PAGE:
Nvidia’s next-generation GPUs will most likely tap into TSMC’s CoWoS packaging in 2020. A report from DigiTimes claims that Nvidia will be one of three major clients to take advantage of this TSMC and CoWos technology.
Joining Nvidia are Xilinx and HiSilicon in being the others to implement CoWoS (Chip-on-Wafer-on-Substrate) packaging. CoWoS uses 2.5D packaging technology which features multiple chiplets on a single interposer. This leaves multiple advantages like power consumption, a smaller footprint, and increased bandwidth.
Nvidia’s main rival, Advanced Micro Devices (AMD) name is not present, despite the Vega 20 7nm silicon which packs CoWoS. With this, NVidia is at a competitive advantage as it will produce 6,000 to 8,000 wafers per months.
Further confirming, Nvidia, Xilinx and HiSilicon will be taking up most of the CoWoS production capacity. It’s unlikely that CoWoS technology is going to feature in Nvidia’s consumer-grade graphics cards due to its high cost. We may see it on other products emphasizing on data systems and high-performance computing (HPC)
Rumours state the next-generation Nvidia GPU architecture, codenamed “Ampere”, will utilize an MCM (multi-chip module) design. This leaves us in speculation that Nvidia will use CoWoS for its Quadro and Tesla offerings mirroring the past.
Nvidia has used CoWoS packaging before, most notably in their high-end Titan, Quadro and Tesla graphics cards. The GP100 (Pascal) is based on TSMC’s 16nm FinFET manufacturing process. While the GV100 (Volta) benefits from the 12nm node.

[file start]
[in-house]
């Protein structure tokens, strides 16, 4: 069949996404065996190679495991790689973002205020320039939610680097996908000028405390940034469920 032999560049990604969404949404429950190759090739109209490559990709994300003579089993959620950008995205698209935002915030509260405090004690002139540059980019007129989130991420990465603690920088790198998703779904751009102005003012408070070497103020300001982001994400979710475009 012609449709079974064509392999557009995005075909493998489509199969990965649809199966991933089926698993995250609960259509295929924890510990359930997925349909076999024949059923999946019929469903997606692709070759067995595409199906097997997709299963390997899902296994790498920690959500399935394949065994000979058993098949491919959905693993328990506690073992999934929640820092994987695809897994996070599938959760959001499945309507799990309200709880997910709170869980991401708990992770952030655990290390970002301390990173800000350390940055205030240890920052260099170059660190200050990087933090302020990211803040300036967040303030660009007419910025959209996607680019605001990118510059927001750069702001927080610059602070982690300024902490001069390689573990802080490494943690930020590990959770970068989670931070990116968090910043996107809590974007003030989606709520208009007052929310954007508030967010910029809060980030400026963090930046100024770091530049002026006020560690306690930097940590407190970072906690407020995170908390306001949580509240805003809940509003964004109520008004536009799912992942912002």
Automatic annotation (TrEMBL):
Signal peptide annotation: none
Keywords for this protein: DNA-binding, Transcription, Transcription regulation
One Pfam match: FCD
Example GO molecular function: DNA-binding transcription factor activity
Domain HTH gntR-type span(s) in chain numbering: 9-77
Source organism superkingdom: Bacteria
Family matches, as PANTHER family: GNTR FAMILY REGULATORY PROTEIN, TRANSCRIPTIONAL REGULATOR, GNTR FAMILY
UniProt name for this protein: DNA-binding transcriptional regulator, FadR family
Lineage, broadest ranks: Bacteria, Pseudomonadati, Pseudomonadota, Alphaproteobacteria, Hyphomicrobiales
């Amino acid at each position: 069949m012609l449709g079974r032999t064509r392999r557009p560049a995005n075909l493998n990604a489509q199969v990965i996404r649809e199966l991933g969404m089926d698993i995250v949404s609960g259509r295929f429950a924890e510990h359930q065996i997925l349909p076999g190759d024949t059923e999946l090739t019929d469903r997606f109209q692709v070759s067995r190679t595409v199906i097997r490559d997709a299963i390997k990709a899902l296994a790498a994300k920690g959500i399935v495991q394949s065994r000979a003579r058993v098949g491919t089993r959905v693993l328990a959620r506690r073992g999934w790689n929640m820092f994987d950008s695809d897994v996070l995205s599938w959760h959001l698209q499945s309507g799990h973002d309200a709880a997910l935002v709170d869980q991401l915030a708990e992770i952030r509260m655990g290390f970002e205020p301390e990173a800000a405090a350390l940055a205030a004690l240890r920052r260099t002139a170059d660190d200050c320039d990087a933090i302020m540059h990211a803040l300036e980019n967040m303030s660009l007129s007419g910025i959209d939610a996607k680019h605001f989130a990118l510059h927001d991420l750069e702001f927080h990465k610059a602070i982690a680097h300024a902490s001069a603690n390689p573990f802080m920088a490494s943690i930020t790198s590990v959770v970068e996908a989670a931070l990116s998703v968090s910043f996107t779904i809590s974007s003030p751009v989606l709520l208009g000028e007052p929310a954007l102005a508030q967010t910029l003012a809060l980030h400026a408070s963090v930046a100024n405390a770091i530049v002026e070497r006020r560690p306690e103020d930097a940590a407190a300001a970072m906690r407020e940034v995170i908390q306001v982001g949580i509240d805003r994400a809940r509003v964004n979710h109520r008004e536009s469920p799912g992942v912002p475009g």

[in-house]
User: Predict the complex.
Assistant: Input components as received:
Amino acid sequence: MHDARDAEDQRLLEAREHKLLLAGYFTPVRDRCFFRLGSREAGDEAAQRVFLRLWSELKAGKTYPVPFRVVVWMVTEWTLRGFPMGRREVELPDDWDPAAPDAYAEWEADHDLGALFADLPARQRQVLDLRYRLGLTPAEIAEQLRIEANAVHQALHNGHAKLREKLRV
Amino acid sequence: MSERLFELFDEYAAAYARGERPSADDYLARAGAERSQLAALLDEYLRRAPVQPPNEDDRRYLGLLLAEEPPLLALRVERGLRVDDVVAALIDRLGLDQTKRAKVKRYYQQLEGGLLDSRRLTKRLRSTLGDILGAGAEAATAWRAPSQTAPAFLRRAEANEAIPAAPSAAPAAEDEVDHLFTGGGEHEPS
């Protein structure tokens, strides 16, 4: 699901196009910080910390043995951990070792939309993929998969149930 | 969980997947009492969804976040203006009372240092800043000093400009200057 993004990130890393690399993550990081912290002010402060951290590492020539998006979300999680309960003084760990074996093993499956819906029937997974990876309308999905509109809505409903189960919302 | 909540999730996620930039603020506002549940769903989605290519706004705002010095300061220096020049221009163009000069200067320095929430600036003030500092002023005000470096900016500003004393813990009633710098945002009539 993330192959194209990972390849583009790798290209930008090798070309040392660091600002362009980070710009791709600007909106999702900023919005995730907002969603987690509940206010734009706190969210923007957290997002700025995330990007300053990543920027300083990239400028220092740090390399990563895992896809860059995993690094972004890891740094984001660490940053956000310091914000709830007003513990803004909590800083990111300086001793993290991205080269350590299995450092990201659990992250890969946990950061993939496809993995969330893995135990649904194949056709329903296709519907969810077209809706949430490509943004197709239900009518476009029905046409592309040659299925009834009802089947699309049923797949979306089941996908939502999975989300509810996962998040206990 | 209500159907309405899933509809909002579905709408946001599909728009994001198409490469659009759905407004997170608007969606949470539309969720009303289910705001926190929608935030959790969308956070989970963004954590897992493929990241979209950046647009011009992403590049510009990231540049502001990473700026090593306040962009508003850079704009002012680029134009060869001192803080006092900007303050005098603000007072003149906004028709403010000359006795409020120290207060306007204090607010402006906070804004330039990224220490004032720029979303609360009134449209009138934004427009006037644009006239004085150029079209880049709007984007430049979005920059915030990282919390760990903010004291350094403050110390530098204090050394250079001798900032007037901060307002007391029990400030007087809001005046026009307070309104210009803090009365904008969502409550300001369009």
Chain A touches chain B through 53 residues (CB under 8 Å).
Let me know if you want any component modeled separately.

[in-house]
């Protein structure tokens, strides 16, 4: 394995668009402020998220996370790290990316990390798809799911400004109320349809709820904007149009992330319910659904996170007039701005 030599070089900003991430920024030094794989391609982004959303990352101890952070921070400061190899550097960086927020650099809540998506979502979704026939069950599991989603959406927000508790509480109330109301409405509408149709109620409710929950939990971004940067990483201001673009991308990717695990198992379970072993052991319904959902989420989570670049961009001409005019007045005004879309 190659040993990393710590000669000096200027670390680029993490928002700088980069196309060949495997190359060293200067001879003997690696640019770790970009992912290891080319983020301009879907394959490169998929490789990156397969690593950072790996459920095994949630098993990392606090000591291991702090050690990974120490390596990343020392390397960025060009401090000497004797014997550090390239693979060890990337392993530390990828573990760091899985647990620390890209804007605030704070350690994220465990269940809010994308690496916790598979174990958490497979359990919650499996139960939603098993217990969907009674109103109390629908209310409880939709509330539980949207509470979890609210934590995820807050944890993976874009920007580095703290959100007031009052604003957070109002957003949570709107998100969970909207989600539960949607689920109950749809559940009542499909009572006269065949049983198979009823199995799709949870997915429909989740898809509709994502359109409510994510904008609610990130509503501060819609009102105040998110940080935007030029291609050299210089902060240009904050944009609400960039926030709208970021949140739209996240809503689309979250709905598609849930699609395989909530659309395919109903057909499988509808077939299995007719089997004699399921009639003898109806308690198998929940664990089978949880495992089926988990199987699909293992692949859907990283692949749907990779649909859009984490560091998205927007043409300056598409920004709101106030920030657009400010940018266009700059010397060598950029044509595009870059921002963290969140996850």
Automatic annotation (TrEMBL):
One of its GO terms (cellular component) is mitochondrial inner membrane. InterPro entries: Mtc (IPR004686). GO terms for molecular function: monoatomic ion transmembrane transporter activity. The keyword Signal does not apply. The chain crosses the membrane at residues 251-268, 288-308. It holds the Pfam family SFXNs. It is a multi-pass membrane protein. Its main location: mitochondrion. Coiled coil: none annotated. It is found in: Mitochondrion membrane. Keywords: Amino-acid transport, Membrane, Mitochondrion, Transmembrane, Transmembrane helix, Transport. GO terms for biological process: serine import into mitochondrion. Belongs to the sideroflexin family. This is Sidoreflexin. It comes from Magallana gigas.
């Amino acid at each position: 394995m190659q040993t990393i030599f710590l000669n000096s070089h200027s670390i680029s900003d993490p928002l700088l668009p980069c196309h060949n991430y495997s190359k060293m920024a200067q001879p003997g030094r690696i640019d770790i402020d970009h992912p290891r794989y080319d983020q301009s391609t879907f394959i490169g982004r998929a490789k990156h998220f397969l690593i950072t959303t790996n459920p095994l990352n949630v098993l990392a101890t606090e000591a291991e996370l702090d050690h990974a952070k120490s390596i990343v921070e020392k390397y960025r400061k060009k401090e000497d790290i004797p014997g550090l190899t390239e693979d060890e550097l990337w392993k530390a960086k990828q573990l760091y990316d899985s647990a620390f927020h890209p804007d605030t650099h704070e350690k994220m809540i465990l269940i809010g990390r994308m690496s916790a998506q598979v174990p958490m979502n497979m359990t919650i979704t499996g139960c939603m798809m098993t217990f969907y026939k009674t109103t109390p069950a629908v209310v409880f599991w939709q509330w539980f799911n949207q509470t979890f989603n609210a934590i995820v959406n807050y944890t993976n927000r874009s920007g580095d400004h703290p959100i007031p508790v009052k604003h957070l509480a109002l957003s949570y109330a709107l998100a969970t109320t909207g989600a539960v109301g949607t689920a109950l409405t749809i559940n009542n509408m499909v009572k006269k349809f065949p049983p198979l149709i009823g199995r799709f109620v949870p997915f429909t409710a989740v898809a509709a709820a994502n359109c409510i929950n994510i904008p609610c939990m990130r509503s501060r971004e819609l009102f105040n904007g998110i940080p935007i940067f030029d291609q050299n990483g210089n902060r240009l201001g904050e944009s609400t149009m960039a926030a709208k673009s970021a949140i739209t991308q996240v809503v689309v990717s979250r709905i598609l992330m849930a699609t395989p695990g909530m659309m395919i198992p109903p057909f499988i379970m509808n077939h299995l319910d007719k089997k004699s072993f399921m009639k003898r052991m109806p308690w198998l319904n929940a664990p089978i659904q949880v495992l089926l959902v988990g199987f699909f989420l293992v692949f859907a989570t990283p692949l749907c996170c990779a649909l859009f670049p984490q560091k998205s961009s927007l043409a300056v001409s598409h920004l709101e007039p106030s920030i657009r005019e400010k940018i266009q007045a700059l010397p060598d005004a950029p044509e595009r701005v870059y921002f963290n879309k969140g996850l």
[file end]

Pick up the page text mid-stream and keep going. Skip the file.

TSMC has recently teamed up with Broadcom to develop an interposer measuring in at a staggering 1,700 mm². They’ve achieved this feat by binding multiple interconnected interposers together on a solo wafer. The Broadcom HPC processor is going to be featuring this design when it comes out.
The processor will be based on TSMC’s EUV 5nm (N5) node. The new CoWoS platform totals up to 96GB of memory. It does this by housing multiple system-on-chip (SoC) dies, and six stacks of HBM (high-bandwidth memory).
Coming back to Nvidia, rumours suggest the company will be working on three new graphics cards with a whopping 7,936 CUDA Cores. These cards were apparently benchmarked with Geekbench 5 but the company is yet to make any specific announcements about the matter.
Thus these benchmarks may invoke some sense of scepticism. This still does not give us better detail on what NVidia has in store for us. Regardless, it’s not unforeseeable that future graphics cards from Nvidia are likely to use the new GPU architectures.